Looking Through Telescope

Welcome to
Croydon Astronomical Society

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Croydon Astronomical Society is based in Croydon, just a few miles south of London. We hold public talks approximately every two weeks during school term time and aim to open our observatory to the public every Saturday evening.   The society was founded in 1956 and operates through the donation of time from its members and donations of money from its members and visitors.   If astronomy is your thing, please consider joining us as a member.  

Public opening of the Observatory

Summer openings.

In the summer months it never really gets dark enough for observing.  Because of that we have paused our regular Saturday openings until the autumn.  We may still open on special occasions - keep watching here and on Facebook.

We have an observatory near Kenley aerodrome which we aim to open to the public each Saturday evening. Whether we can open depends on the weather (and availability of volunteers).  We can't open if it is wet, windy or cloudy.  As the weather is often quite changeable we sometimes can't make the final decision about whether we can open until mid-afternoon on Saturday.  We post messages on our Facebook page  and our answerphone (07719 339336).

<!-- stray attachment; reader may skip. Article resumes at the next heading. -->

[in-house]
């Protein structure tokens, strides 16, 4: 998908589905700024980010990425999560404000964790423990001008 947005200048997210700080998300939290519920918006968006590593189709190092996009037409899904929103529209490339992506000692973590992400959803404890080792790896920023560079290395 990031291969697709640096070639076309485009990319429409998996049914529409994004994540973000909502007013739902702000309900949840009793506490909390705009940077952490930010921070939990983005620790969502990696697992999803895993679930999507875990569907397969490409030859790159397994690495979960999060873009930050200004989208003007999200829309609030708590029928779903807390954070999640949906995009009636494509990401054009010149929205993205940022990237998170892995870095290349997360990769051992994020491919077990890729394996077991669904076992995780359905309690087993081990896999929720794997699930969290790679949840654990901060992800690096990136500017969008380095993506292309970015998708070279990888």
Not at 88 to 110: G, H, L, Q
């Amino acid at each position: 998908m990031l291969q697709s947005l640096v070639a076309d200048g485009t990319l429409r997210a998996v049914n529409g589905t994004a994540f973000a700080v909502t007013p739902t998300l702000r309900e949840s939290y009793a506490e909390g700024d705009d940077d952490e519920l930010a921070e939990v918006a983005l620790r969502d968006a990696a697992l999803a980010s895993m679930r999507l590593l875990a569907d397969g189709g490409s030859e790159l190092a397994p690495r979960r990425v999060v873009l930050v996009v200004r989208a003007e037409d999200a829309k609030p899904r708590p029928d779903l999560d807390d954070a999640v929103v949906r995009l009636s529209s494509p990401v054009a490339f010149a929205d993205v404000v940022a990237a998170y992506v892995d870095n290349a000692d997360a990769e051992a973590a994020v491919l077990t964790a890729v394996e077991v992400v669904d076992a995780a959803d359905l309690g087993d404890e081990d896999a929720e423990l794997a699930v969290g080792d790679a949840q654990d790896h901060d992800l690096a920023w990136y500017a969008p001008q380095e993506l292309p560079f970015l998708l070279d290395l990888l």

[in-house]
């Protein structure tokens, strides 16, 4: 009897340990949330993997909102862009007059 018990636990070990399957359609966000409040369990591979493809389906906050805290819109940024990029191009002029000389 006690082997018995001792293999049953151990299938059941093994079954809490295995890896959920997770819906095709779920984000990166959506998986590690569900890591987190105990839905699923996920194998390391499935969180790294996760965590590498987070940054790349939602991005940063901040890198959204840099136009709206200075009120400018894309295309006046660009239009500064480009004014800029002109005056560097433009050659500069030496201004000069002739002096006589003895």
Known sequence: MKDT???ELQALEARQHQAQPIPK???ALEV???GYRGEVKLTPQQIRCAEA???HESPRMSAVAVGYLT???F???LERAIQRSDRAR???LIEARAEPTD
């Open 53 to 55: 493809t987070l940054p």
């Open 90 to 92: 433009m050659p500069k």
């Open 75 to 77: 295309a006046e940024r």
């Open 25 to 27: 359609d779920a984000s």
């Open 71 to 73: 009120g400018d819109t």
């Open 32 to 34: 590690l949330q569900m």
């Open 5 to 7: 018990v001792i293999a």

We also post our decision here.  Please check before you set off to visit us.

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Public talks

Friday 13th May

Our next meeting will be on Friday 13th May. 

  • Konrad Malin Smith - “The CAS at La Palma”.

  • Roy Easto - “Top 10 observing targets for the James Webb Space Telescope”.

  • Tony Roberts - “Sighting the young Crescent Moon”.

The Society holds public talks in the Sandison Room at Trinity School, Shirley Road, Croydon CR9 7AT. Open to all, there is a suggested donation of £3 to cover the costs of the venue. Refreshments are available in the break.

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Why we're here

Our objectives are to advance education in the science of astronomy and related subjects for the public benefit in Croydon and the surrounding area by:

 

  • encouraging a popular interest in astronomy and allied subjects;

  • helping beginners, irrespective of their age, to acquire a knowledge of astronomy and allied subjects; and

  • providing facilities for practical work and active participation in astronomical observation.

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©John Mills 2021